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U.S., China Continue Missile Proliferation Talks

In the highest-level nonproliferation talks since the Bush administration took office, the United States and China met November 29-30 in Washington to discuss Beijing’s implementation of a November 2000 missile nonproliferation pledge.

A State Department official said that the talks—held between Secretary of State Colin Powell, Undersecretary of State John Bolton, and Chinese Vice Minister of Foreign Affairs Wang Guangya—were “productive.” A diplomat from the Chinese embassy in Washington added that the meetings included a “deep and frank exchange of views” and “increased mutual understanding” of arms control and proliferation issues. The meeting was the third such session in the past four months.

In the November 2000 agreement, China committed not to help states develop “in any way…ballistic missiles that can be used to deliver nuclear weapons.” In exchange, the Clinton administration waived sanctions on Beijing and pledged to resume processing applications for U.S. companies to launch satellites on Chinese rockets, which had been suspended in February 2000.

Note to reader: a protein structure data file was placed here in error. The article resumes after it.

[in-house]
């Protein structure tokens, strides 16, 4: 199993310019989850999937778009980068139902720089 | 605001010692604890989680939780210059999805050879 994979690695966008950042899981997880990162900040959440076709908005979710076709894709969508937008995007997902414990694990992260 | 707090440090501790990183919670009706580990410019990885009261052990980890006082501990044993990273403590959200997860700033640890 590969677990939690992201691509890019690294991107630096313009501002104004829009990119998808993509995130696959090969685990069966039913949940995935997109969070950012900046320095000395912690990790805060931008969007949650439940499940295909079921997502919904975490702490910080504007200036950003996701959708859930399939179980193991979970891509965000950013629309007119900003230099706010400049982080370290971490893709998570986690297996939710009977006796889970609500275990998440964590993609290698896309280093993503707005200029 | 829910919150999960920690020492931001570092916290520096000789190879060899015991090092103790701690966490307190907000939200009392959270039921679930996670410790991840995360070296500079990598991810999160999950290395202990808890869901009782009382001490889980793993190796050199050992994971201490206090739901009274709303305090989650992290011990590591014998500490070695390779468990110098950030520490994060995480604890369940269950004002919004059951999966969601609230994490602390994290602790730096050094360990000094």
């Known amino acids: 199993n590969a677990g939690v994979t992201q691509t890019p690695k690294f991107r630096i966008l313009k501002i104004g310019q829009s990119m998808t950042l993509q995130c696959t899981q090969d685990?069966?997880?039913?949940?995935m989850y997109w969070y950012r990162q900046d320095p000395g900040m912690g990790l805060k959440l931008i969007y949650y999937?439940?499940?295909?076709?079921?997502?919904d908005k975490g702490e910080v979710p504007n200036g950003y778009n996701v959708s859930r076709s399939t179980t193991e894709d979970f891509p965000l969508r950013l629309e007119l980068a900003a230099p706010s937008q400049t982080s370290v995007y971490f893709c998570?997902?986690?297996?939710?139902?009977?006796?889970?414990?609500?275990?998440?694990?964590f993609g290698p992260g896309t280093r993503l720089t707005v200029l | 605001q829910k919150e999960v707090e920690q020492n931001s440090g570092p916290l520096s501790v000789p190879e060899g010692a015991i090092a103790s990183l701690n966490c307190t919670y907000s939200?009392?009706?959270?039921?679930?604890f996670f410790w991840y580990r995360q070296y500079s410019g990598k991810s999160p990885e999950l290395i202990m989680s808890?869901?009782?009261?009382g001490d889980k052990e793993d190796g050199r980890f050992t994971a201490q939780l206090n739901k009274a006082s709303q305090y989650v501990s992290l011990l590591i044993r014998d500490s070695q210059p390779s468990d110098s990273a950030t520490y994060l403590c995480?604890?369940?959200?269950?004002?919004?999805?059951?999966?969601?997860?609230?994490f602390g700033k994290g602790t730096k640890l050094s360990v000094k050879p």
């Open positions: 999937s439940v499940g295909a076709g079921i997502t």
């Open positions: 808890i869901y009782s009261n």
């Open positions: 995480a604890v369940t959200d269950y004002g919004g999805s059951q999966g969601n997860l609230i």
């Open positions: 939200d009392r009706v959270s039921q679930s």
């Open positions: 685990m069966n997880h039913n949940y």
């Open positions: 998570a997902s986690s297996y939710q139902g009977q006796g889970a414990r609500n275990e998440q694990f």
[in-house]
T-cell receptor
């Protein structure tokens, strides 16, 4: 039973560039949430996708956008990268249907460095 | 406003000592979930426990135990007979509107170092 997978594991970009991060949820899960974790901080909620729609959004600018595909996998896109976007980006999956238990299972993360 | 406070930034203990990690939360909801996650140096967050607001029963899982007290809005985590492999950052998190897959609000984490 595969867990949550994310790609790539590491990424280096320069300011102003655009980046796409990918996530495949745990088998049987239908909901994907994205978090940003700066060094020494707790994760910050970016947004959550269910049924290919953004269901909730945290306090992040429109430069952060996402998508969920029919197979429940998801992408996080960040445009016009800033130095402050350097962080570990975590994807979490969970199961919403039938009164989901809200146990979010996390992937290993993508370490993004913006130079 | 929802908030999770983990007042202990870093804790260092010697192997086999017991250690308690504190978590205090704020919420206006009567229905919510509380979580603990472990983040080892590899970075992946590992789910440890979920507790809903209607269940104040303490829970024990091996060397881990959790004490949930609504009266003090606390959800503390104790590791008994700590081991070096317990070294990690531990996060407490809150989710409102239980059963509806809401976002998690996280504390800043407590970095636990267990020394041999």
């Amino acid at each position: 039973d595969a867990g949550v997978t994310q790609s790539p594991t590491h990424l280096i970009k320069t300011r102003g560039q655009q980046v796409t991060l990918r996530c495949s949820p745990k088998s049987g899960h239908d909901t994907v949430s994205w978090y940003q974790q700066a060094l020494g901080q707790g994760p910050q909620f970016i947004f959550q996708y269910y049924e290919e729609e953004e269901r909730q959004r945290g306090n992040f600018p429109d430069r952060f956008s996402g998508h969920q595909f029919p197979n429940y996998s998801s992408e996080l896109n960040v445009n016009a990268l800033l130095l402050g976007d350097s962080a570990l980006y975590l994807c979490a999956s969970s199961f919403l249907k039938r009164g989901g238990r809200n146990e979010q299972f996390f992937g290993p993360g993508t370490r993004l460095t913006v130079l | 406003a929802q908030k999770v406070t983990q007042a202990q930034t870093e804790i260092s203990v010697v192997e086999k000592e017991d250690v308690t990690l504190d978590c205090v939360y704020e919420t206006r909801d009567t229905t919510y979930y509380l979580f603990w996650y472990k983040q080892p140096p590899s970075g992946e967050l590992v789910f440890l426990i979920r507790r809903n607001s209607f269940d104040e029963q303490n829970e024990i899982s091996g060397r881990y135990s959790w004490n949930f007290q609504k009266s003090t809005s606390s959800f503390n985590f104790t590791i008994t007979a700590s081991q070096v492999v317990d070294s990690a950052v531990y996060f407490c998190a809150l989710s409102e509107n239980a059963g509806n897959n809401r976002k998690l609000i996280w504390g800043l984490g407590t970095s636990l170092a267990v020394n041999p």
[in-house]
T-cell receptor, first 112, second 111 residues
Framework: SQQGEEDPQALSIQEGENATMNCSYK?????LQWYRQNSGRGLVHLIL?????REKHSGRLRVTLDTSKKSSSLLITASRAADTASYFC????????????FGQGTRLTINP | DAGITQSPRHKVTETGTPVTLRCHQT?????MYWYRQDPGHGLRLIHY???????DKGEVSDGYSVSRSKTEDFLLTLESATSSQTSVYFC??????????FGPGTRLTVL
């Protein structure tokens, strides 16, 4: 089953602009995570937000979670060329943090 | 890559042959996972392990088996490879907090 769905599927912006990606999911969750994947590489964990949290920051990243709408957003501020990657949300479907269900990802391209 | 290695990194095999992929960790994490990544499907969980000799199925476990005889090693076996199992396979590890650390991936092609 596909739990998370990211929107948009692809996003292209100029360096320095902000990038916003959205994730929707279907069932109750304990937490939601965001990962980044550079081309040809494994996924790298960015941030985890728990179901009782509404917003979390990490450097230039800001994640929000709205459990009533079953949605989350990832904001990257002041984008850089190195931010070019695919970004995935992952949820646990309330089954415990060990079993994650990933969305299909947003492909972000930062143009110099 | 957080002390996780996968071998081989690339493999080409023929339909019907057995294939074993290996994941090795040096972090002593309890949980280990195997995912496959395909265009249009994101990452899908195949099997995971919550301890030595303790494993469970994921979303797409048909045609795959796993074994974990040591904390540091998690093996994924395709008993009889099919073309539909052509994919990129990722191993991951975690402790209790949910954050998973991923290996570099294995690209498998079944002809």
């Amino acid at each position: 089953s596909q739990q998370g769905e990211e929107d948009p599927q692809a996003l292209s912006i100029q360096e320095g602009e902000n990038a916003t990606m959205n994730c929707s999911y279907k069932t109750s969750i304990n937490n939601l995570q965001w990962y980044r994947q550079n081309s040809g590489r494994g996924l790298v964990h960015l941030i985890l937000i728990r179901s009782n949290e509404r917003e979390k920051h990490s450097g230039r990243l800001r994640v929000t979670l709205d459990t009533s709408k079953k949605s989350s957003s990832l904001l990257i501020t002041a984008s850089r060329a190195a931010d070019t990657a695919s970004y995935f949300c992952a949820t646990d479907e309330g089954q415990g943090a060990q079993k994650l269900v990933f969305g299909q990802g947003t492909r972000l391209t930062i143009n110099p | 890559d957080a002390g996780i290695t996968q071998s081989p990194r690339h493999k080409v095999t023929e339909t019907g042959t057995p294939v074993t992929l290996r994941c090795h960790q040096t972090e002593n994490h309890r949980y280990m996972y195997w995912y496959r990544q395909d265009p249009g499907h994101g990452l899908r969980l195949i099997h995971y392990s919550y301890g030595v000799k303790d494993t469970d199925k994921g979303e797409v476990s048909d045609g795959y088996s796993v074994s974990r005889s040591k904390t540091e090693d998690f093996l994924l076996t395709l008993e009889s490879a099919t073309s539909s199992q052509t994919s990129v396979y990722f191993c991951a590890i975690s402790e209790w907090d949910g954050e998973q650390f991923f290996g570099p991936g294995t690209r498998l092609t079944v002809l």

Washington has been concerned that China has not faithfully implemented the agreement, leading the Bush administration to impose sanctions in September that triggered a ban for two years on all U.S. sales of electronic and space systems that could be related to ballistic missile development. (See ACT, September 2001.) Application processing cannot resume until those and some additional sanctions are lifted.

To waive the sanctions, resume satellite application processing, and be satisfied that China has faithfully implemented its pledge, the Bush administration wants to see China make progress on a range of issues. In mid-October, days after the previous round of talks concluded, Powell said that the administration wants China to satisfy U.S. concerns over missile-related contracts signed prior to the November 2000 agreement, develop a formal missile-related export control framework, and fulfill other requirements, which remain undisclosed. (See ACT, November 2001.)

A Senate aide familiar with the issue said Chinese missile transfers to Pakistan and Iran have continued since November 2000, describing the transfers as so “blatant” that they are “surely deliberate” and “probably [official] policy.”

U.S.-Chinese talks on the issue will continue in the coming months, but no specific dates have been decided upon yet.